Super Stitches Sewing

Super Stitches

A Complete Guide To Machine-Sewing And Hand-Stitching Techniques

Nicole Vasbinder

Not a lot of sewing going on in my world right now. In fact, I had not one, but TWO wadders yesterday as I try to convince my sewing mojo to return. In the meantime I’m doing a lot of reading, of course, including some sewing related material. My new favorite title to add to my crafty book collection is Super Stitches Sewing which is devoted entirely to the very things holding our clothing (and other things) together.

Usually this subject matter is relegated to a chapter in a sewing book or a few pages in the manuals that come with our machines. Super Stitches Sewing is divided into three sections: Machine Stitches, Hand Stitches, and Tools and Equipment. Each entry includes a key to the difficulty of the stitch, common uses, what needles to use and other great information. My favorite thing is that the book is entirely in color. I find craft books with black and white photos really frustrating for some reason. The illustrations on how to sew each stitch are really helpful and sometimes revelatory, especially in the hand-stitching section.

Super Stitches Sewing is a perfect addition to my sewing library, but I doubt it will make it onto the actual shelf. I plan to keep it as close to my machines as possible.

I received a copy of this book from Blogging for Books in exchange for my honest review.

Begging Forgiveness

Please forgive the lack of posting here. I started a new job in February and after  almost 8 months of unemployment (where I settled into a very nice groove), I am still getting used to actually having to be somewhere everyday along with the non-traditional hours of the retail industry.

But this hasn’t affected my reading schedule and I have several books to review and hope to do so soon. Also, I now work in fashion retail and my current wardrobe is far from adequate for this situation, so I may live up to the name of this blog and post some sewing as well.

Thank you, readers, for your patience!

Handmade Chic

Fashionable Projects That Look High End, Not Homespun
by Laura Bennett

There has been an explosion of books and blogs lately as a part of a DIY (do-it-yourself) movement. Now, with just a little money and time, you can recreate designer looks at home without mortgaging it in the process. Sometimes, though, even at the hands of highly skilled artisans, the resulting items look a little too “homespun” and not like the things you see on current runways. And that’s fine for people who want that look, but there is a void in the market for chic diy books.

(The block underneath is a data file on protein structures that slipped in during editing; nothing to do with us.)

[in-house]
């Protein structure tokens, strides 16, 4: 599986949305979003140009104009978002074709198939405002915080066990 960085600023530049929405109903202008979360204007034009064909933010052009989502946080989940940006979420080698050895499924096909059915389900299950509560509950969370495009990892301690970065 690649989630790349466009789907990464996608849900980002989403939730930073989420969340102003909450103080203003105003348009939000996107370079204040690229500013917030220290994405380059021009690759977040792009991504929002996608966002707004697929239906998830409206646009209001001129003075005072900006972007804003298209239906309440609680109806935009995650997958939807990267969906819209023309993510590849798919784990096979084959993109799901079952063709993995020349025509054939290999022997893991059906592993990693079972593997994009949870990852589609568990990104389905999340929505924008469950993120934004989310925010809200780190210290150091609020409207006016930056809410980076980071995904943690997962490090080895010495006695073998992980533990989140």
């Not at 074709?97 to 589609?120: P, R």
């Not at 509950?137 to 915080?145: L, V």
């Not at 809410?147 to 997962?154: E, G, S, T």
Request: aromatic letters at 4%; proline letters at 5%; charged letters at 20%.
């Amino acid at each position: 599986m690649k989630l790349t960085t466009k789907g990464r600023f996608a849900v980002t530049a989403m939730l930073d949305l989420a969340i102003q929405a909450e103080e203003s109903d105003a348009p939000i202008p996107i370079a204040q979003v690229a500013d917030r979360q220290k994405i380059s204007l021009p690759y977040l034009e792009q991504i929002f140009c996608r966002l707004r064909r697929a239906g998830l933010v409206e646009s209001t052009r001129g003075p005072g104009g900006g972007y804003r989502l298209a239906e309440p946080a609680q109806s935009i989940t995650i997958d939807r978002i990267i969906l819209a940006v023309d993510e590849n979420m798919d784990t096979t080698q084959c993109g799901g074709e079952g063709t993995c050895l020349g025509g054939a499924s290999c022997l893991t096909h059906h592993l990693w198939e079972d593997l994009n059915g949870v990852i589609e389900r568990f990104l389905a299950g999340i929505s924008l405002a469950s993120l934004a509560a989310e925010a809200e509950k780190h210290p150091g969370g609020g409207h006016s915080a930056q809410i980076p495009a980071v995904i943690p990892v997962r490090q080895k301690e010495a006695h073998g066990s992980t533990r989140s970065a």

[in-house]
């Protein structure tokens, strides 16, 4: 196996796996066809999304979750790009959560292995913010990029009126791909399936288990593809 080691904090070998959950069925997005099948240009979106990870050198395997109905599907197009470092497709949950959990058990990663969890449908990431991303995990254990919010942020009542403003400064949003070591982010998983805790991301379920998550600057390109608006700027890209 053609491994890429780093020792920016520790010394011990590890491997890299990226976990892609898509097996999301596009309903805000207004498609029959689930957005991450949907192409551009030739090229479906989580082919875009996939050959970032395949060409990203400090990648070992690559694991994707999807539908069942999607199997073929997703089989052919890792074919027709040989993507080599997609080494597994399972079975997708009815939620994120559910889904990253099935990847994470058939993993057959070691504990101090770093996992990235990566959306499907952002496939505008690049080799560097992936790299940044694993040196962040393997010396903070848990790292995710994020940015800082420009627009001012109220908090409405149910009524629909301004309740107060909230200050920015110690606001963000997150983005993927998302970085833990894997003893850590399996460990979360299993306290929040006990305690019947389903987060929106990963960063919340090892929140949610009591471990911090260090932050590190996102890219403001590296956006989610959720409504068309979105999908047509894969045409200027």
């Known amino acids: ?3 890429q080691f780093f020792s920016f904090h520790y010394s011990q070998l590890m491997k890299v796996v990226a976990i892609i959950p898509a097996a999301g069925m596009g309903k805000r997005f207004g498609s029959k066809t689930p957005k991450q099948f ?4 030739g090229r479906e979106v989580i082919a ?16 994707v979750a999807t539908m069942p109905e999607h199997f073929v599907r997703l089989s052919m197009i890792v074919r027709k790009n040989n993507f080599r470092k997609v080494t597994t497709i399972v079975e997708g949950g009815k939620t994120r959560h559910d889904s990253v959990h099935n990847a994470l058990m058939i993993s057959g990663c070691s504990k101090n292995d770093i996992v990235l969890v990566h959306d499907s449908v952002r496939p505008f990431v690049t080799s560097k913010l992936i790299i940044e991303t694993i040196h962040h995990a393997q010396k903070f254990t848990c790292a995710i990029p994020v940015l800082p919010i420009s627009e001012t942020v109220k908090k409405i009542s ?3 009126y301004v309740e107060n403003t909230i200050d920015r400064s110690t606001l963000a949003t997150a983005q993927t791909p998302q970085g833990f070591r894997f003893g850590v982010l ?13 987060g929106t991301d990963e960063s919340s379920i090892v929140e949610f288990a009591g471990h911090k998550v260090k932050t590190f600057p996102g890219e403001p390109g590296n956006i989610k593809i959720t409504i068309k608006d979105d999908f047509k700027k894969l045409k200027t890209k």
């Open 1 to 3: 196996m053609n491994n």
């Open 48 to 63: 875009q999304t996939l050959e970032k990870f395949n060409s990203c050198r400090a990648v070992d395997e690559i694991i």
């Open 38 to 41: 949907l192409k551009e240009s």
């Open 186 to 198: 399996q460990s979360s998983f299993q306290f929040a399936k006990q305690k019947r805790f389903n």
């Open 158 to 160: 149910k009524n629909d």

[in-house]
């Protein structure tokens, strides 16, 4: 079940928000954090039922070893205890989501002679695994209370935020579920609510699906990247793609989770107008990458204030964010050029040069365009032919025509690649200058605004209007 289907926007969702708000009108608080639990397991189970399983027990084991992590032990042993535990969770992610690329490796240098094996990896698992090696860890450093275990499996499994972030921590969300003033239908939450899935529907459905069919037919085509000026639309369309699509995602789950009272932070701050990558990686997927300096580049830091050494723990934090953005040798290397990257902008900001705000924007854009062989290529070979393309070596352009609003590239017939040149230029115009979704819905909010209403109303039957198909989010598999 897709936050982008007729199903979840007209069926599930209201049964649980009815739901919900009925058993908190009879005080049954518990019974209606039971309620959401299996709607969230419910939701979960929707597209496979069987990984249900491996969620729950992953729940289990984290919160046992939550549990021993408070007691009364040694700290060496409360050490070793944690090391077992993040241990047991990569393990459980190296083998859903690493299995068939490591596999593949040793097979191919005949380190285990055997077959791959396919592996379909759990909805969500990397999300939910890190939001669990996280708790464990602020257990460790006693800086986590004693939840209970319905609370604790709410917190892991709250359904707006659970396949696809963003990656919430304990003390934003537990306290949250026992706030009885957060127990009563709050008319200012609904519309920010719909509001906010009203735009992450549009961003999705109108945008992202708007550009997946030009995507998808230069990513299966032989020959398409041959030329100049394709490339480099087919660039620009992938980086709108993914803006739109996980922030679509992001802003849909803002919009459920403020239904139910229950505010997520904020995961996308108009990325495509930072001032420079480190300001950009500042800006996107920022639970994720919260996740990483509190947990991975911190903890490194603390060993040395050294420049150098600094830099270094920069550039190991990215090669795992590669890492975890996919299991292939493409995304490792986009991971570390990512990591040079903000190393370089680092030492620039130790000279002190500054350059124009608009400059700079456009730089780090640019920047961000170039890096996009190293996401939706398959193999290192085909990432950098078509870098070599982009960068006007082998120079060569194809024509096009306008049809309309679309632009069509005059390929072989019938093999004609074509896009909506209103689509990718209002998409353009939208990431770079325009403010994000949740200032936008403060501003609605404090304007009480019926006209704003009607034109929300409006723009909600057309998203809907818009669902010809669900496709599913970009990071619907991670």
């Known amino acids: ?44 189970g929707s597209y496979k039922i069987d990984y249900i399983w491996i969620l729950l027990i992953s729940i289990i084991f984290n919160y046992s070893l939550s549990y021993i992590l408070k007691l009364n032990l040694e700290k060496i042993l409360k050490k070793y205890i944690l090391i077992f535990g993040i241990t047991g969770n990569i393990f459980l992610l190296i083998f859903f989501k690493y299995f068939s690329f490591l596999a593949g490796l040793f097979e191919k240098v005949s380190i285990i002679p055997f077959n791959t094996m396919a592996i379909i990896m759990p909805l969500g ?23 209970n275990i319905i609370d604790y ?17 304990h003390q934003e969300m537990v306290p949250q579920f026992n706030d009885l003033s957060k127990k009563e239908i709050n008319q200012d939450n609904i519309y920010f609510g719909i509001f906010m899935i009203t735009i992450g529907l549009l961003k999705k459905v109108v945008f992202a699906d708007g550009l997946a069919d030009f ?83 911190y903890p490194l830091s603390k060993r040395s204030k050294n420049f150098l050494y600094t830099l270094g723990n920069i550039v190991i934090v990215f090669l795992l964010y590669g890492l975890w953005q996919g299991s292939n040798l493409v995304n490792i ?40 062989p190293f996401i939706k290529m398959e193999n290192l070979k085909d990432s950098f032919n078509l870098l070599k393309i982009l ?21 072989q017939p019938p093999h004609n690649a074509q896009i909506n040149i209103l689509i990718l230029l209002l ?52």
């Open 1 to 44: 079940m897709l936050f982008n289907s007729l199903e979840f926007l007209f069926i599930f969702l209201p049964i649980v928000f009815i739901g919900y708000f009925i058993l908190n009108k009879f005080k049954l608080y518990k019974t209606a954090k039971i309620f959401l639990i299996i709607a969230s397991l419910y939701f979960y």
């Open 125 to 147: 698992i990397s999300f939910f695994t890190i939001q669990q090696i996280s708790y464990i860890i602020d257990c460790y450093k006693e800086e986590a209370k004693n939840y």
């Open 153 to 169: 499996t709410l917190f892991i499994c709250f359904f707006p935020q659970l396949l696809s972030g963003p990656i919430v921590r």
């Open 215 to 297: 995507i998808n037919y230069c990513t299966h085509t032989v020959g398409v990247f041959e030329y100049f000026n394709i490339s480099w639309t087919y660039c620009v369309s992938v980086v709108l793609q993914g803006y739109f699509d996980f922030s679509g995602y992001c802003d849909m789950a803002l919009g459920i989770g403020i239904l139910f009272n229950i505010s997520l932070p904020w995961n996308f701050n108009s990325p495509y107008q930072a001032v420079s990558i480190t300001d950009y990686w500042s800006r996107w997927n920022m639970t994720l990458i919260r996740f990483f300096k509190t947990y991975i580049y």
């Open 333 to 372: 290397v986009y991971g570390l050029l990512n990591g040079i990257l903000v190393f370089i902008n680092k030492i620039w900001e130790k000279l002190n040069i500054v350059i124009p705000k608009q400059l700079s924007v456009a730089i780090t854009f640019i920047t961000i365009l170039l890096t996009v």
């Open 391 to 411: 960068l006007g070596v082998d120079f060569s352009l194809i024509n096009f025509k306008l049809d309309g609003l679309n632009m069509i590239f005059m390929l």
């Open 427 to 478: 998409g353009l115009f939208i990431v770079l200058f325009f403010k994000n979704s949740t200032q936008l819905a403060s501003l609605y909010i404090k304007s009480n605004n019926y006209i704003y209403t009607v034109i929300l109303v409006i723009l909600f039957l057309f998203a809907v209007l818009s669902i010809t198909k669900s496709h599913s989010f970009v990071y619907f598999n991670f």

Laura Bennett’s latest book fills that void. Best known for her sleek, elegant designs on season 3 of Project Runway, Bennett has compiled a collection of accessories that are easy to make and incredibly stylish. What I loved most about it is the inclusion of materials that many shy away from: leather, fur (faux or real), feathers, and beads. Her instructions for buying and using them definitely take the intimidation factor away. The 40 projects include covers for electronics (e-readers, iPads, etc.), wallets, purses, and much more, including embellishing ready-to-wear garments.

This book is a valuable addition to any sewing and craft book library, especially my extensive one!

Illustrated Guide to Sewing Couture Techniques

Edited by Peg Couch
Some books on sewing couture are as intimidating as the techniques themselves. That’s why I love this book series. They do a great job of making sewing your own clothes less intimidating.
Assuming that the reader has some previous experience and is ready to take on more complex projects, not a lot of time is spent on the basics. Because fabric choice is important in couture, the beginning of the book gives a background on the care and handling of fine and specialty textiles.
The middle section covers fit and gives extensive instructions on taking measurements and manipulating the pattern to achieve perfection.